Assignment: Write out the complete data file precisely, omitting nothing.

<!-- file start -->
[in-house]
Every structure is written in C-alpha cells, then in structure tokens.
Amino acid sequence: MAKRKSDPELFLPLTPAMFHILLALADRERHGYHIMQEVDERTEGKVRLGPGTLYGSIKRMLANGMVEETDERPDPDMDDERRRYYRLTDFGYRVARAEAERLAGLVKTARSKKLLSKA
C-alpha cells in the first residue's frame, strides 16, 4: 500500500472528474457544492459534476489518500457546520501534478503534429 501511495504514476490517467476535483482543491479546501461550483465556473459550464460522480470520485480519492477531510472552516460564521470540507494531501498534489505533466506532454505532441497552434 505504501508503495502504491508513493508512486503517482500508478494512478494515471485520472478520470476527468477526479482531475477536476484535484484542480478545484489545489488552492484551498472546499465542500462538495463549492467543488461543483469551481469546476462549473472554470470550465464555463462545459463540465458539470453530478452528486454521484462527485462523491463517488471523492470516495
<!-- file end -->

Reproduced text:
[in-house]
Every structure is written in C-alpha cells, then in structure tokens.
Amino acid sequence: MAKRKSDPELFLPLTPAMFHILLALADRERHGYHIMQEVDERTEGKVRLGPGTLYGSIKRMLANGMVEETDERPDPDMDDERRRYYRLTDFGYRVARAEAERLAGLVKTARSKKLLSKA
C-alpha cells in the first residue's frame, strides 16, 4: 500500500472528474457544492459534476489518500457546520501534478503534429 501511495504514476490517467476535483482543491479546501461550483465556473459550464460522480470520485480519492477531510472552516460564521470540507494531501498534489505533466506532454505532441497552434 505504501508503495502504491508513493508512486503517482500508478494512478494515471485520472478520470476527468477526479482531475477536476484535484484542480478545484489545489488552492484551498472546499465542500462538495463549492467543488461543483469551481469546476462549473472554470470550465464555463462545459463540465458539470453530478452528486454521484462527485462523491463517488471523492470516495